On April 19, Charter Oak High School had an event in the gym called “Bite of Reality” that is dedicated to help seniors prepare themselves for the financial problems and situations that they are going to face after high school.
A story from rmjfoundation.org said that the event “is a hands-on app based simulation that appeals to teens while giving them a taste of real-world financial realities.” The Richard Myles Johnson Foundation is the state credit union foundation for California and Nevada. According to rmjfoundation.org, the organization “provides financial education resources for credit unions in California and Nevada.”
The assembly was only for seniors and was split up into two groups. Group A, seniors who have Katherine Archer and Robert Lattimore as their teacher, was excused from their second period class at 8:55 a.m. to head over to the gym. Group B, seniors who have Roger Lehigh and Richard Wiard, was excused at 9:25 a.m. to go to the multipurpose room.
After each group had their assemblies, they started the simulation. Each student was assigned a random job through the app that ranged from carpenter to scientist. Most students had a spouse as well as a child while some had a child without a spouse.
The simulation also added student loan payments, medical insurance copay and credit card debt. It then calculated the monthly income of the student and their spouse after mandatory monthly bills, such as the student loan payment and medical insurance copay, were paid.
The app gave the student the total net monthly income, and then the student had to go to all eight stations. The stations were child care, transportation, household needs, shopping, housing and utilities, groceries and dining, entertainment and clothing and personal care. The students could go to the stations in any order, adding to the realistic aspect of the simulation.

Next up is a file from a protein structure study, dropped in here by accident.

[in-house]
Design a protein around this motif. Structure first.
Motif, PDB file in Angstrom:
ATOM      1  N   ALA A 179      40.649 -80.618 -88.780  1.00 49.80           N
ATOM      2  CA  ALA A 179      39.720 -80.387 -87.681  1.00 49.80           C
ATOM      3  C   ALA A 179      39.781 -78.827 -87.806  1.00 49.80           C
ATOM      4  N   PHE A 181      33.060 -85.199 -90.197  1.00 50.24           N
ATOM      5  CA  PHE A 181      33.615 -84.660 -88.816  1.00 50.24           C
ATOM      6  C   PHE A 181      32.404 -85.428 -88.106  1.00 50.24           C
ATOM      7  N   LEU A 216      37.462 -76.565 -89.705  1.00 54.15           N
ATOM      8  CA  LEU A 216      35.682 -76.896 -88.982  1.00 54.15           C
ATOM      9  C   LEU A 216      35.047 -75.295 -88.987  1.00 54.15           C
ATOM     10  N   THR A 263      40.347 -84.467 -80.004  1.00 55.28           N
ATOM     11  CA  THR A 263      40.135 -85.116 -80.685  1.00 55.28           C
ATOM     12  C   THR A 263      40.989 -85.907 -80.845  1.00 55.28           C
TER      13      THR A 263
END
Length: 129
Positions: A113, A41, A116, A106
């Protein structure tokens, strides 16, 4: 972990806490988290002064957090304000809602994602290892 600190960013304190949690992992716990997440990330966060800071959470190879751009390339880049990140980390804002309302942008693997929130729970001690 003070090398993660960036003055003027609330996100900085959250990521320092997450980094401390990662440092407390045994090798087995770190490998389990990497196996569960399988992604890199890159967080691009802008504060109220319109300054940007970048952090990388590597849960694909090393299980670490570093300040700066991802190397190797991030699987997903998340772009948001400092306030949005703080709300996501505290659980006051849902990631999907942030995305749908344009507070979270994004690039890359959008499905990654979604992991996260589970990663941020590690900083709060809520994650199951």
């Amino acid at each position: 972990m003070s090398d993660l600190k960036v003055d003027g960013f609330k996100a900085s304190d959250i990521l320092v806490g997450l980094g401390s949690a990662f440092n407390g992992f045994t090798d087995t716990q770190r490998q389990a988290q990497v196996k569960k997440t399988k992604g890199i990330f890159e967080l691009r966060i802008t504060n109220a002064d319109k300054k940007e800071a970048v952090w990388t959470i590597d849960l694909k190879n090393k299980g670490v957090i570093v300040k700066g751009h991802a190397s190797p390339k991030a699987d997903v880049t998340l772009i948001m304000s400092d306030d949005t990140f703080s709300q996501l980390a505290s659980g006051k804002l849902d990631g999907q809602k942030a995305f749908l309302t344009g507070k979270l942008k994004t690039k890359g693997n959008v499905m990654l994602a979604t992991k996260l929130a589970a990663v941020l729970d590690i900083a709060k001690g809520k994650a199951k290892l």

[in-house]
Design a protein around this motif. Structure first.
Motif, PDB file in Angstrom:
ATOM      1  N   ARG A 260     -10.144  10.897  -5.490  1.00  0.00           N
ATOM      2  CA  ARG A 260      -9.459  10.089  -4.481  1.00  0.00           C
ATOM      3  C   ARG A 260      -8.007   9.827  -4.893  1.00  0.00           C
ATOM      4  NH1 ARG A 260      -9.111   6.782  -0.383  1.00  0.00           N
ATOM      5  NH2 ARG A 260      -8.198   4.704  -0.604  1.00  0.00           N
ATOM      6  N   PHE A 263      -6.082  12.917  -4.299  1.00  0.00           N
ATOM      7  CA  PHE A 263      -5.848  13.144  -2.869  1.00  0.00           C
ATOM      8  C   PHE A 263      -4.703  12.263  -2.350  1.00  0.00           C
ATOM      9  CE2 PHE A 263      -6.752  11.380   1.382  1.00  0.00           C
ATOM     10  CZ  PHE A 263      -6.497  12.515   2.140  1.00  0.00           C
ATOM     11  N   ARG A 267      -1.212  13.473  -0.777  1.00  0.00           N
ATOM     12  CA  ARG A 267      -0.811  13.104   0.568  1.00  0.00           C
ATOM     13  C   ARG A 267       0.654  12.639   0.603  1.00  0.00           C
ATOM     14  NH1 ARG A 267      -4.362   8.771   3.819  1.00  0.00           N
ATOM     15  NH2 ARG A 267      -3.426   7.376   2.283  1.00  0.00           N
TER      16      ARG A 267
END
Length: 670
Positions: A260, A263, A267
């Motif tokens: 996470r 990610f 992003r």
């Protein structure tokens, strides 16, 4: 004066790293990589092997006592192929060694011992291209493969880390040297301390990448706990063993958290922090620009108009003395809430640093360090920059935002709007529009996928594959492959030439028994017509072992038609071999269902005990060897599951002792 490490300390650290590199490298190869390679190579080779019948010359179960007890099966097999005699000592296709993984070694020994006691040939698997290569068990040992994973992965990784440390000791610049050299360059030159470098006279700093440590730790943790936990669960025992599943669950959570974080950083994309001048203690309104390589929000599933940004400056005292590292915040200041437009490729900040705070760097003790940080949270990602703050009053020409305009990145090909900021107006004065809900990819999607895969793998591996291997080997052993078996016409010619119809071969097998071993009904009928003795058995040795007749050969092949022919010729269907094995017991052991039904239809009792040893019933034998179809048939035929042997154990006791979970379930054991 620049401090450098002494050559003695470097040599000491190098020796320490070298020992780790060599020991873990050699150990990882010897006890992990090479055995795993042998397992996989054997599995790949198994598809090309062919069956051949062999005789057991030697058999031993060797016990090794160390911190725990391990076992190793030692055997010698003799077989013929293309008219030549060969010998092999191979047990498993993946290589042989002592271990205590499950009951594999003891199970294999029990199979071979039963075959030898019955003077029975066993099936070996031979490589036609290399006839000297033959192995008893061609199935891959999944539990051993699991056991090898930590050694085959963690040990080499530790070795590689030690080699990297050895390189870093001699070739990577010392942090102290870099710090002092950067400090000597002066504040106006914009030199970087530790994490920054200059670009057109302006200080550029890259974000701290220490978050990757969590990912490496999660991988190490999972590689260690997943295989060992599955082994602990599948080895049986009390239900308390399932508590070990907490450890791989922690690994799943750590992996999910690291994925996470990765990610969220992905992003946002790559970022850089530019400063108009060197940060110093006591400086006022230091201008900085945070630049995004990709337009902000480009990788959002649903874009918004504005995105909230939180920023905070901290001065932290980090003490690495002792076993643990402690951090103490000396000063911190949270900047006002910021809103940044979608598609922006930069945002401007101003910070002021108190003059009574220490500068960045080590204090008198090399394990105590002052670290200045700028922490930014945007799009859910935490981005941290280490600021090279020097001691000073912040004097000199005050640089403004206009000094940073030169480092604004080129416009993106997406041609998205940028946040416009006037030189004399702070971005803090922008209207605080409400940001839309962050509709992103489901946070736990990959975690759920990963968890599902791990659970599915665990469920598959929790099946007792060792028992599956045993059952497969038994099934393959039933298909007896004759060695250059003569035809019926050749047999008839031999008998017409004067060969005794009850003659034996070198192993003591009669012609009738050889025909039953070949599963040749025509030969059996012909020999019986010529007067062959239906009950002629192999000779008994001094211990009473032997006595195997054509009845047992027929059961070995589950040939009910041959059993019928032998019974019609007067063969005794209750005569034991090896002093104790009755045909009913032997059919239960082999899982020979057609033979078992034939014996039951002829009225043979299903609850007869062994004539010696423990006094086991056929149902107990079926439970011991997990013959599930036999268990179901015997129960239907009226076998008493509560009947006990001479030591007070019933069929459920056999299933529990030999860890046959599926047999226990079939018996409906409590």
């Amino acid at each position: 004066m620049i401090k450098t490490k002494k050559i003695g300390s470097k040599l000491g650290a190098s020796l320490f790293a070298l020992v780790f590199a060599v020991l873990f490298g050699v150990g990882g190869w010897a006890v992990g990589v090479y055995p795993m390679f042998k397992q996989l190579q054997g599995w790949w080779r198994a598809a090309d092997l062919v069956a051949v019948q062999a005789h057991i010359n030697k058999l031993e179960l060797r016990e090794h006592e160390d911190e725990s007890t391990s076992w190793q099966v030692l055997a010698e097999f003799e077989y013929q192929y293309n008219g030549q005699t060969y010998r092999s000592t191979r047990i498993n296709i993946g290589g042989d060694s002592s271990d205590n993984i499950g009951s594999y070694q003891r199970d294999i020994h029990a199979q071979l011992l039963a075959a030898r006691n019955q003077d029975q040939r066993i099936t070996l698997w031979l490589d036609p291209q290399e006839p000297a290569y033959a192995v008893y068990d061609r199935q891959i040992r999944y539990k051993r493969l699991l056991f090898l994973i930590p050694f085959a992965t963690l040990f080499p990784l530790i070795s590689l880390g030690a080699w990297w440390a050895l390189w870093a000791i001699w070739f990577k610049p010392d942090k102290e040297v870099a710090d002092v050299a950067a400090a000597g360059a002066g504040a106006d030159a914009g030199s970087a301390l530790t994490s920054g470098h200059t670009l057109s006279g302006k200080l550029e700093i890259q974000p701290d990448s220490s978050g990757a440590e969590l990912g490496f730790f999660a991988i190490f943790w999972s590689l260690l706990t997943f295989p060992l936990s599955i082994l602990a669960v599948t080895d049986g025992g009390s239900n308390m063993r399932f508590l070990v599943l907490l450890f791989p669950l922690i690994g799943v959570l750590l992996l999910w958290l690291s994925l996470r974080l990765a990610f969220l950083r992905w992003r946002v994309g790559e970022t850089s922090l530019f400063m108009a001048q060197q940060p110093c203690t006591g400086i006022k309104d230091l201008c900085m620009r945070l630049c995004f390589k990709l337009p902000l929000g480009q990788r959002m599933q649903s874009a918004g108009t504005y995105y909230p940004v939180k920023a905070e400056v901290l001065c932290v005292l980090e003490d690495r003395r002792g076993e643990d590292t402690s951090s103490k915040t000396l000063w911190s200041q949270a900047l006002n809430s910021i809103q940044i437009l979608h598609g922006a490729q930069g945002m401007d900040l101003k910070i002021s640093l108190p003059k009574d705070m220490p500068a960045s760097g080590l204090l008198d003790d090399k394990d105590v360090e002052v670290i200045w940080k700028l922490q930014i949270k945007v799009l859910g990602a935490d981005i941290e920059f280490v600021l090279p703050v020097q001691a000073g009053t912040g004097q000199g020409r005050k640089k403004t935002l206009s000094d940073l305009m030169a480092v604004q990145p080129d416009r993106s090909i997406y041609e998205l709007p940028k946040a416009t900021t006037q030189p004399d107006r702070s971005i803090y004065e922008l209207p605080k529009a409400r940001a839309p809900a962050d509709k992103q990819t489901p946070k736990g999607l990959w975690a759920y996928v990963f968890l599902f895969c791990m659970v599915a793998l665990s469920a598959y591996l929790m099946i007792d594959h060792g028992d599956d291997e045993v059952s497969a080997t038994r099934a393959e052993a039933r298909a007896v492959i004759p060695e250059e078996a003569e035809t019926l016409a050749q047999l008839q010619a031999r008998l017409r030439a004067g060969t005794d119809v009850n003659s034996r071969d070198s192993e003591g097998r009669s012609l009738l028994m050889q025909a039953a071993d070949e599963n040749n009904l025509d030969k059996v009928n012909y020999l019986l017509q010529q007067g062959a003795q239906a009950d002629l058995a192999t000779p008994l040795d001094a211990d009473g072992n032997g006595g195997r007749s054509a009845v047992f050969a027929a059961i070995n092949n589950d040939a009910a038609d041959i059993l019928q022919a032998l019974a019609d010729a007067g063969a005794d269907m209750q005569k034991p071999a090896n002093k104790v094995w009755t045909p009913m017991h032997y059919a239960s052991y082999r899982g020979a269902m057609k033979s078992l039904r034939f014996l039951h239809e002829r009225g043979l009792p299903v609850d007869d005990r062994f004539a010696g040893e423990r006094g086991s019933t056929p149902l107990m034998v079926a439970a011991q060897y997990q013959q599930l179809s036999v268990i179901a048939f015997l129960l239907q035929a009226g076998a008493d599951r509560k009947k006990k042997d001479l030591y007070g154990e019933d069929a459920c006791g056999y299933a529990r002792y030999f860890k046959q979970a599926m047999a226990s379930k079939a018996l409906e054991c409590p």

In each station at least one thing needed to be bought, which subtracted from the student’s total. At some stations, such as transportation or housing and utilities, the helpers tried to convince the students to buy the most expensive item there and gave reasons it would be the best option.
Once in a while, a sudden pop up would appear, stating that an emergency expense needed to be paid or that the student would receive extra money as a reward or bonus. Rmjfoundation.com calls it the “Fickle Finger of Fate,” and it gives “students unexpected ‘expenses’ or ‘windfalls’—just like in real life.”
After completing the stations and expenses, the students went to the credit union station where the helpers gave advice to the students about what to do if the student had some money left over or if they were in debt.
The simulation was a great experience for me because I was able to see where I would need to compromise financially to meet monthly obligations. Also, some aspects of the simulation helped me understand what I needed to work on in terms of spending and saving. Overall, “Bite of Reality” was a great experience for seniors to learn how to manage money and what expenses they might have in the future.